Post-lockdown the economy will need a different kind of stimulus The role of monetary and fiscal policy during lockdown was to sustain household and corporate cashflows in the face of an intentional freezing of economic activity. The objective was to prevent defaults, sharp contractions in household cashflow, and preserve the capital stock so activity could resume post-lockdown. It is now highly unlikely that there will be a rapid return to full capacity. A recovery to capacity utilisation rates of 85% to 95% of prior activity looks likely on a six to 12 month view. This would still amount to ..read more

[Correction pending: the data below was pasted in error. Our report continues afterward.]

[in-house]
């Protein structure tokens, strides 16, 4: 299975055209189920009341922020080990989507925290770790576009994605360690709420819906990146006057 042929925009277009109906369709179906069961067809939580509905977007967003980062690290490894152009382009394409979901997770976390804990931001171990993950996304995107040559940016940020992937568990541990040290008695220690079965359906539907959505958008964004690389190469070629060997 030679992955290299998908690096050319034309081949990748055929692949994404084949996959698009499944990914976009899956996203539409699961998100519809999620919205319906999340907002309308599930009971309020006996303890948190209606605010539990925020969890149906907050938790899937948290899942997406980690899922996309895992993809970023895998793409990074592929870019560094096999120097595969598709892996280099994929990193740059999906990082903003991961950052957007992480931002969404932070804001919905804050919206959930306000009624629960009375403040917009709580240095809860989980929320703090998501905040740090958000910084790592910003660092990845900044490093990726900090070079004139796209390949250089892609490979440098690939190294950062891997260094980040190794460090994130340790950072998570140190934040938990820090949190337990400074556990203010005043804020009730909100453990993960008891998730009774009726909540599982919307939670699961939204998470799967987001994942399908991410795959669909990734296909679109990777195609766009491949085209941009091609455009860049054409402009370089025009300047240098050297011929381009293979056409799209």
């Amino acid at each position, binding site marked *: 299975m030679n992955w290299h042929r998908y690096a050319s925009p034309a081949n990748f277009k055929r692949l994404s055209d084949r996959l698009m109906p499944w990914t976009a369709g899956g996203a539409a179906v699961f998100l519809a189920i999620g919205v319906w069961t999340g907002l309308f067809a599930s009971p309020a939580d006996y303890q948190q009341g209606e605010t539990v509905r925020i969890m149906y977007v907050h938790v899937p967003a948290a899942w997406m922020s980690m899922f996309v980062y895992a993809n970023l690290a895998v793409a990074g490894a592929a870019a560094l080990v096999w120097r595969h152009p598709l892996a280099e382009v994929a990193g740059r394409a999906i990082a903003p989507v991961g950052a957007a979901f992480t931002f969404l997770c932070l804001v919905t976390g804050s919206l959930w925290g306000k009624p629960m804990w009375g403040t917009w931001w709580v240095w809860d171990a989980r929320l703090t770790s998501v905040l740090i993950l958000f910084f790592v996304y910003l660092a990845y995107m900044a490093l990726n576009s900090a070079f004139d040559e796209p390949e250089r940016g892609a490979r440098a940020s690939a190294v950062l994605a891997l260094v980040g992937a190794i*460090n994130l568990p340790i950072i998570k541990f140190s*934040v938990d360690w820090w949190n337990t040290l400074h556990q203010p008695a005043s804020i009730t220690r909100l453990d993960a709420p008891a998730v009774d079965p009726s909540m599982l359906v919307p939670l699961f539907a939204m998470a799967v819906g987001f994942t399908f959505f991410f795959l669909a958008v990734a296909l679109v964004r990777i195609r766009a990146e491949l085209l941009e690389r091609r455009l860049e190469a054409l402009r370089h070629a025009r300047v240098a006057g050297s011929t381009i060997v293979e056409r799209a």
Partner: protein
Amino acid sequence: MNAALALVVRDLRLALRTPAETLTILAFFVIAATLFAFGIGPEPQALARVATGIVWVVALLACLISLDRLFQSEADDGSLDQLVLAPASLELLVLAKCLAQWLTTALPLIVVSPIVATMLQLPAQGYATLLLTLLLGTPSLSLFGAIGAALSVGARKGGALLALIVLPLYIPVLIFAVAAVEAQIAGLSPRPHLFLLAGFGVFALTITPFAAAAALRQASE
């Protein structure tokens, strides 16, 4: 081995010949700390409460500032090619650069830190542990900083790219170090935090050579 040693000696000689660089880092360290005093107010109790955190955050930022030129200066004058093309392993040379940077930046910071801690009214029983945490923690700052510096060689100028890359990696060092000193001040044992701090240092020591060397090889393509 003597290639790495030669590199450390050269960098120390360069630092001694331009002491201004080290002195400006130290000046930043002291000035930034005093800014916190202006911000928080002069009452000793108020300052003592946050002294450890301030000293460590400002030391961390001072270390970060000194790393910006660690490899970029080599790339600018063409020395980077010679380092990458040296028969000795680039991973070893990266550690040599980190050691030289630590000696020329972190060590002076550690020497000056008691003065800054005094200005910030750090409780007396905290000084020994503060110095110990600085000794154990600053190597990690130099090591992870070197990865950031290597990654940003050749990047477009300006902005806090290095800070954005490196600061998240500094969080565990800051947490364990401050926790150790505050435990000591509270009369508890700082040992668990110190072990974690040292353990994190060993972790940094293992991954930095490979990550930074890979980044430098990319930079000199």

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Helicopter money as Covid response
Philosophy Of Money by Eric Lonergan
by Eric Lonergan
3y ago
Here are my slides from the Rebuilding Macro workshop on helicopter money. The post Helicopter money as Covid response appeared first on Philosophy of Money ..read more